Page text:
Content warning for the kinds of things that create triggers in the first place. Nothing in great detail.
The kind of triggering that is best known is where something occurring in the present connects with a past trauma in the mind of a person and throws them into flashbacks. The classic example is of a loud noise – like a firework – throwing someone back into the traumatic experience of being in a war zone.
Complex triggering is by its very nature, far more complicated. It’s also a lot harder to spot. People suffering more straightforward triggering can often identify their triggers and know what they struggle with. Obvious examples would be scenes of rape, violence or torture in films. When the triggers and traumas are less about specific events and more about life experiences over longer periods of time, both the process of being triggered and the consequences are really different.
I had some of the simpler forms of PTSD in relation to some very specific events. At this point I’ve managed to get in control of them, and I don’t have that kind of flashback any more. It takes work, but it is entirely possible to get on top of things.
The complex triggers don’t take me back to specific events, more into emotional states that bring in, as invasive thoughts, anything that chimes with how I’m feeling. To a certain degree this is normal – our memories naturally bring up past events that connect with however we’re feeling. When you are sad, you are probably going to remember other times when you were sad. However, if what’s in your history is abandonment, years of being humiliated, physical violence, relentless experiences that crushed your confidence and took away your self esteem, and the like, then triggering opens you to a flood of that.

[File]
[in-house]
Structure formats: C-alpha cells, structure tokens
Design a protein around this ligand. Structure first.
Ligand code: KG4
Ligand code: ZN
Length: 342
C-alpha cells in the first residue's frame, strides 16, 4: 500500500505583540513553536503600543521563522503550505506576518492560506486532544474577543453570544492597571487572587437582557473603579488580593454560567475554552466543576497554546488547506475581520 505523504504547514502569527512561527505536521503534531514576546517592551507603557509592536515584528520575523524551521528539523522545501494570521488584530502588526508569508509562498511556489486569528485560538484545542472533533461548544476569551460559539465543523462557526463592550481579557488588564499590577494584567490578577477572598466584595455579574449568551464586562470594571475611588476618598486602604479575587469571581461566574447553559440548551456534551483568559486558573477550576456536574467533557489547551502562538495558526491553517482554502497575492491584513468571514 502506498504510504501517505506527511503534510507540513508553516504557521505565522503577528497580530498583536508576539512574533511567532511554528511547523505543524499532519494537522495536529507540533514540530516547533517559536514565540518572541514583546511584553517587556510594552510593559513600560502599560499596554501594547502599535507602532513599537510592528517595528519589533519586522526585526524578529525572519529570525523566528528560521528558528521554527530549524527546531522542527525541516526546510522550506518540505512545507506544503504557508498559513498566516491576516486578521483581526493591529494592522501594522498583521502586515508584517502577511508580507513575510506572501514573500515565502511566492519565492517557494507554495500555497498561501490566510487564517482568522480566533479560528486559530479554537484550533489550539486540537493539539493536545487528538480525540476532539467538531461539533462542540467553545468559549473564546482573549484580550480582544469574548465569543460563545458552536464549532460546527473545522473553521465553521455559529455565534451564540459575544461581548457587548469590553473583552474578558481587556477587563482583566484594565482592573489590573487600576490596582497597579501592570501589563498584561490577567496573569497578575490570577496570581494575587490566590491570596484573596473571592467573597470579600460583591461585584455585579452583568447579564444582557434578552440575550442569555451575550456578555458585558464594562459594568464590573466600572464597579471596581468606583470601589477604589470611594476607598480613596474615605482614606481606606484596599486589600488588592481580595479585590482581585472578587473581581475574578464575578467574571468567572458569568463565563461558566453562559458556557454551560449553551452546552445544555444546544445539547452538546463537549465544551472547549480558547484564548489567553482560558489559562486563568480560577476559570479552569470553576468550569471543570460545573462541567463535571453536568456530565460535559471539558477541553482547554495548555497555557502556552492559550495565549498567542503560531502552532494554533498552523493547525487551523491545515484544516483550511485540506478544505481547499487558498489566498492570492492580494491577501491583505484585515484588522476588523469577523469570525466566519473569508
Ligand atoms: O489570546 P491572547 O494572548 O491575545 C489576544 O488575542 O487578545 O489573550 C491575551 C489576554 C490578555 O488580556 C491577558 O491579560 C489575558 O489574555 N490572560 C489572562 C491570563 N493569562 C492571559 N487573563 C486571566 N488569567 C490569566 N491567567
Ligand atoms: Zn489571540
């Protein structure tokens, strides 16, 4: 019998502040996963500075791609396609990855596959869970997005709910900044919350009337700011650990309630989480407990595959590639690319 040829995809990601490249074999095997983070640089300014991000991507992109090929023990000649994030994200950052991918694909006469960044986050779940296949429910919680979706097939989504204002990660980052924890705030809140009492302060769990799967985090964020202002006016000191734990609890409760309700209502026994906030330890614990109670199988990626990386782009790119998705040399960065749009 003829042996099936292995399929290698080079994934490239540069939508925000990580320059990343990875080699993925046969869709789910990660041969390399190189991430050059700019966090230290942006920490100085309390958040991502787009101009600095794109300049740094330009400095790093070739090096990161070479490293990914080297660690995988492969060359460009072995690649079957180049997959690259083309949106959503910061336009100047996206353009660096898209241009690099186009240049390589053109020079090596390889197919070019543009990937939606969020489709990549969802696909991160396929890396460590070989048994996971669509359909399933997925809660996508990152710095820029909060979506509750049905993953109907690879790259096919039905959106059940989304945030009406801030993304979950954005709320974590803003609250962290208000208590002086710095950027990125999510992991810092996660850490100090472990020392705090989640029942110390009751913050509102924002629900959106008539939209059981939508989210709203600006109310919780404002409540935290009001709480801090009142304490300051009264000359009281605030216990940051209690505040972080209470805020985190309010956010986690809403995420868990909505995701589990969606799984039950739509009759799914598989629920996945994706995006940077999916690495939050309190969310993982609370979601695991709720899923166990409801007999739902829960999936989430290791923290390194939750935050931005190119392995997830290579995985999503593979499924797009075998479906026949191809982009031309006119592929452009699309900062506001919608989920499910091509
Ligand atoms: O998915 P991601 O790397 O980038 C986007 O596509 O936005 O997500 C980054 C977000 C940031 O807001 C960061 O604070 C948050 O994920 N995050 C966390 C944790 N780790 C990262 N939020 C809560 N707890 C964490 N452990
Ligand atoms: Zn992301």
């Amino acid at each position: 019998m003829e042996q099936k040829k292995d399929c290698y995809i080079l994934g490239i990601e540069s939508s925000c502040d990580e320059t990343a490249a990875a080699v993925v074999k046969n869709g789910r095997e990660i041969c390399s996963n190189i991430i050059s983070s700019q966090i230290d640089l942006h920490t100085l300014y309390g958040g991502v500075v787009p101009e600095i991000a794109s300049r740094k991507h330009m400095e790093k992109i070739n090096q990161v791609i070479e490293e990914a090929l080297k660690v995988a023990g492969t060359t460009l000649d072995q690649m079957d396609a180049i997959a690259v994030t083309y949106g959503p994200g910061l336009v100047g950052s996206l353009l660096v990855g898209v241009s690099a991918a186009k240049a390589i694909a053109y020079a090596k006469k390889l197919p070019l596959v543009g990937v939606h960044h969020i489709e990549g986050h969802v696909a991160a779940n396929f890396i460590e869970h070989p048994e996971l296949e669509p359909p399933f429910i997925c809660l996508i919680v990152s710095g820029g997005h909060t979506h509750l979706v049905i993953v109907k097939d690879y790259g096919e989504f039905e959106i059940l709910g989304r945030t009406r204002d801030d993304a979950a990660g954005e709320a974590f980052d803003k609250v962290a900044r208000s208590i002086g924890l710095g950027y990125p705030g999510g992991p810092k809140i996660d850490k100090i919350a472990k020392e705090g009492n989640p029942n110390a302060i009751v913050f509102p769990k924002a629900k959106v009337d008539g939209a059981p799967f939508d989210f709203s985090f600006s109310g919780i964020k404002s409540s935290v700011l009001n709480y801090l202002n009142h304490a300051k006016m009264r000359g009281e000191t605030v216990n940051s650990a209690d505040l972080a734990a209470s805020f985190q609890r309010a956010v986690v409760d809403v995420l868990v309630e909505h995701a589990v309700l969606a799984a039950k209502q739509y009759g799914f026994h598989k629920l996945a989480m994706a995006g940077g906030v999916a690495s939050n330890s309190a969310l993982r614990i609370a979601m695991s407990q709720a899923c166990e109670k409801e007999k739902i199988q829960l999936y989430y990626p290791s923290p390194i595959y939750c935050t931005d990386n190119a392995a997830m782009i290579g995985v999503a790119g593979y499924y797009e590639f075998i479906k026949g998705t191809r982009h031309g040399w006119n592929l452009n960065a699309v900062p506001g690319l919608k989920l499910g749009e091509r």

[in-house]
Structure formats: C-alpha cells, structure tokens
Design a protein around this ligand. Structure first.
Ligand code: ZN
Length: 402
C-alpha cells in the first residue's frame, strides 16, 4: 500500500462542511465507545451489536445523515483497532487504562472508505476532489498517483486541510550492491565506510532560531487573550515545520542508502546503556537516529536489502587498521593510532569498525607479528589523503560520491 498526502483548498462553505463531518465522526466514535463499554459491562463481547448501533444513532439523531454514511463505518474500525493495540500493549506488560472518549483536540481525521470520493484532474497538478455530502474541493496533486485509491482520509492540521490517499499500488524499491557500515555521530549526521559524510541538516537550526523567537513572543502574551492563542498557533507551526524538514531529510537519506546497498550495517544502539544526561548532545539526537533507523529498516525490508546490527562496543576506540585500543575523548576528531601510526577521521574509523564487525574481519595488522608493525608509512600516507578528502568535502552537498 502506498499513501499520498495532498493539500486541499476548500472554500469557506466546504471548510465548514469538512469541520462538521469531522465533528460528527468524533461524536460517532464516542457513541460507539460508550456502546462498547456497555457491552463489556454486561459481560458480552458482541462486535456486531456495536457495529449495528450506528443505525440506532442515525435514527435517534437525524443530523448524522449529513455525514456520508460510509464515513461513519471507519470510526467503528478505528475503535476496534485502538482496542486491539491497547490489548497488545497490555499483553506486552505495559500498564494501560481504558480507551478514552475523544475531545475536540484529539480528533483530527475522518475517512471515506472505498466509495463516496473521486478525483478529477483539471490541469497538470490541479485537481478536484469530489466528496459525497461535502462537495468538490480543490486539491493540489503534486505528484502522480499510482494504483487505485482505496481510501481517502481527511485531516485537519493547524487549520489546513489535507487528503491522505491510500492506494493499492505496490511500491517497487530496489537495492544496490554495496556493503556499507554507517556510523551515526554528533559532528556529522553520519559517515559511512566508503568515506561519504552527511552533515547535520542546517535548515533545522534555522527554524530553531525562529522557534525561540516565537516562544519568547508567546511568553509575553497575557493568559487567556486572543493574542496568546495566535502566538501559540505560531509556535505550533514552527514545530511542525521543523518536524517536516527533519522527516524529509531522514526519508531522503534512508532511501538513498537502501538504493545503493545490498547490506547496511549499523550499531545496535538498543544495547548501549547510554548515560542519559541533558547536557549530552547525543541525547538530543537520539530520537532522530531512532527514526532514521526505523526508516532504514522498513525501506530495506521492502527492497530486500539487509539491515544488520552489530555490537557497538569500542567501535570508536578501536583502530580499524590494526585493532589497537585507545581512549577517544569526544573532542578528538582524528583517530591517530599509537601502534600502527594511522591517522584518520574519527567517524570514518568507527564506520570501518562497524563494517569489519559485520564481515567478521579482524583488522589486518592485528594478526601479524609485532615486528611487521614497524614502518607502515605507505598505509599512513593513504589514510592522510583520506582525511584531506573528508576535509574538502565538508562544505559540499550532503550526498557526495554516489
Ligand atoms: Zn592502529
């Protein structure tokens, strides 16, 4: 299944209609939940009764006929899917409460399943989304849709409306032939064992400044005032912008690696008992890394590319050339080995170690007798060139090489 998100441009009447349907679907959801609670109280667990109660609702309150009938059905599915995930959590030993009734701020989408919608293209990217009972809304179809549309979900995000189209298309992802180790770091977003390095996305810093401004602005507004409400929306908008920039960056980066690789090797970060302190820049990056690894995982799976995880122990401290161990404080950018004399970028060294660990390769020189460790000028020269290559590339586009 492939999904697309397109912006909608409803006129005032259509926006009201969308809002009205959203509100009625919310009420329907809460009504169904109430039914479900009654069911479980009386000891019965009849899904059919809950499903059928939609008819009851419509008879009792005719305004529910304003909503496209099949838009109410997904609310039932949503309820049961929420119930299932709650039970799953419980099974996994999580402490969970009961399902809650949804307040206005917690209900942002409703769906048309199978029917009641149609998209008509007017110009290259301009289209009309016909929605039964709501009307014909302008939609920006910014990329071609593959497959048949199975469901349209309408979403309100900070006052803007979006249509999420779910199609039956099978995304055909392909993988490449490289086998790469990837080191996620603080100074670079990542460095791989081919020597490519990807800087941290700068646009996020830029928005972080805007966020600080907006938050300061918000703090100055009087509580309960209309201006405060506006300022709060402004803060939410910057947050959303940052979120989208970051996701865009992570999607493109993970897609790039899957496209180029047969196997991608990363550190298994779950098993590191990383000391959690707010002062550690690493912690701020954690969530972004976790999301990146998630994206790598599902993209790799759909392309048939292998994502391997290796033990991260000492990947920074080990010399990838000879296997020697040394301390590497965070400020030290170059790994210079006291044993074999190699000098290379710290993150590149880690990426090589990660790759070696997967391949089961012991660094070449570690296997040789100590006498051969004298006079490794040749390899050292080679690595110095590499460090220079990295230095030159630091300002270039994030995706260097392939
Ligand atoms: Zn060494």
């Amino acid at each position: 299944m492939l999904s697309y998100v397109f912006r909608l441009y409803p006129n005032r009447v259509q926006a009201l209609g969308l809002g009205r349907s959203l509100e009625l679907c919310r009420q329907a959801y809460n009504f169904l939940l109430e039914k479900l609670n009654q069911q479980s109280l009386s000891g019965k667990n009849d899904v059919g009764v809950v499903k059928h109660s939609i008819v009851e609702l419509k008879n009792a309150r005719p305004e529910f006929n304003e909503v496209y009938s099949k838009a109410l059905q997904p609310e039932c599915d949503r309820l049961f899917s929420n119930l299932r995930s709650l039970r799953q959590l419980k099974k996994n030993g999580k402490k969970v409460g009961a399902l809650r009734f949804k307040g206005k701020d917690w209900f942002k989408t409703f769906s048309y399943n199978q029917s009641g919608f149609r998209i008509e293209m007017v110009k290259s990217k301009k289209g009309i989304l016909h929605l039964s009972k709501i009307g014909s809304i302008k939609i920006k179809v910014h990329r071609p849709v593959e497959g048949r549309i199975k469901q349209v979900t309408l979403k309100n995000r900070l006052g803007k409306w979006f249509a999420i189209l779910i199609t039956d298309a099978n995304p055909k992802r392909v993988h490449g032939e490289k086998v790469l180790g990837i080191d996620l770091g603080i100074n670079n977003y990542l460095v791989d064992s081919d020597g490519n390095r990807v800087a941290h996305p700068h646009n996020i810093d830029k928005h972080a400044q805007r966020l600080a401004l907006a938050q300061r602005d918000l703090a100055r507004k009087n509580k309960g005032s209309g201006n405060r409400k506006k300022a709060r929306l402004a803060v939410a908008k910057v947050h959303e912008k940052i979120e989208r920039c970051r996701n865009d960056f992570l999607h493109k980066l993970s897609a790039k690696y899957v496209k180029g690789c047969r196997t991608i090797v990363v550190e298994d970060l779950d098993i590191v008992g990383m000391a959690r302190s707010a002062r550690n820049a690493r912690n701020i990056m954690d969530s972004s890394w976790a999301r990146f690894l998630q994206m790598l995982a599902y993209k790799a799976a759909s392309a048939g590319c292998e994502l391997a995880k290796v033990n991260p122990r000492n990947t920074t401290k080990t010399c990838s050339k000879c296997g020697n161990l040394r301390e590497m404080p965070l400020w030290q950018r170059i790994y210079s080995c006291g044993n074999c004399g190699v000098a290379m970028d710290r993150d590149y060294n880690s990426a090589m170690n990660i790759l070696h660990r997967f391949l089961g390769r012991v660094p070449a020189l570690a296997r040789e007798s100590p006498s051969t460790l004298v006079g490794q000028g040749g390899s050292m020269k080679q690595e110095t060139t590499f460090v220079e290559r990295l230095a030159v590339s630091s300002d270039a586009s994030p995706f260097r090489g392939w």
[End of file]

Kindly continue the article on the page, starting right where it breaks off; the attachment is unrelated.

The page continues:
It can feel like drowning. An overwhelming torrent of awful feeling and memory, all turning up once in a vivid and present way, much like the other sort of flashback. Layer upon layer of it, bringing panic and despair in its wake. This may well have the effect of making whatever triggered you seem far, far worse than it is, or leaving you unable to think about whether this current round is as bad – which of course it could be. For people living in traumatic circumstances, the weight of triggering while you’re also dealing with something traumatic in the present is also an issue.
Normally when people talk about triggering, the assumption is that the current event is really not that big a deal and is only an issue because of the past event. If someone is screaming abuse at you, and that’s triggering flashbacks of all the other times you’ve been terrified and humiliated, there’s nothing you can do in the present to make that situation ok. The effect is to make it harder to deal with current trauma, harder to get out or to recognise that it isn’t your fault. Many domestic abuse victims have a hard time figuring out how to leave and I suspect this is a significant contributing factor.
As yet I haven’t run into any substantial information about how to handle more complex triggering. It seems to be an area of mental health that’s only just starting to be recognised and given proper attention. All I know for certain at this point is that if you aren’t currently in a dangerous situation and you can spot what’s happening, it gets easier to handle. It’s still desperately hard though.
(I’m ok today, before anyone worries. I wrote this post on a day when I was experiencing these things, but I’m not there right now.)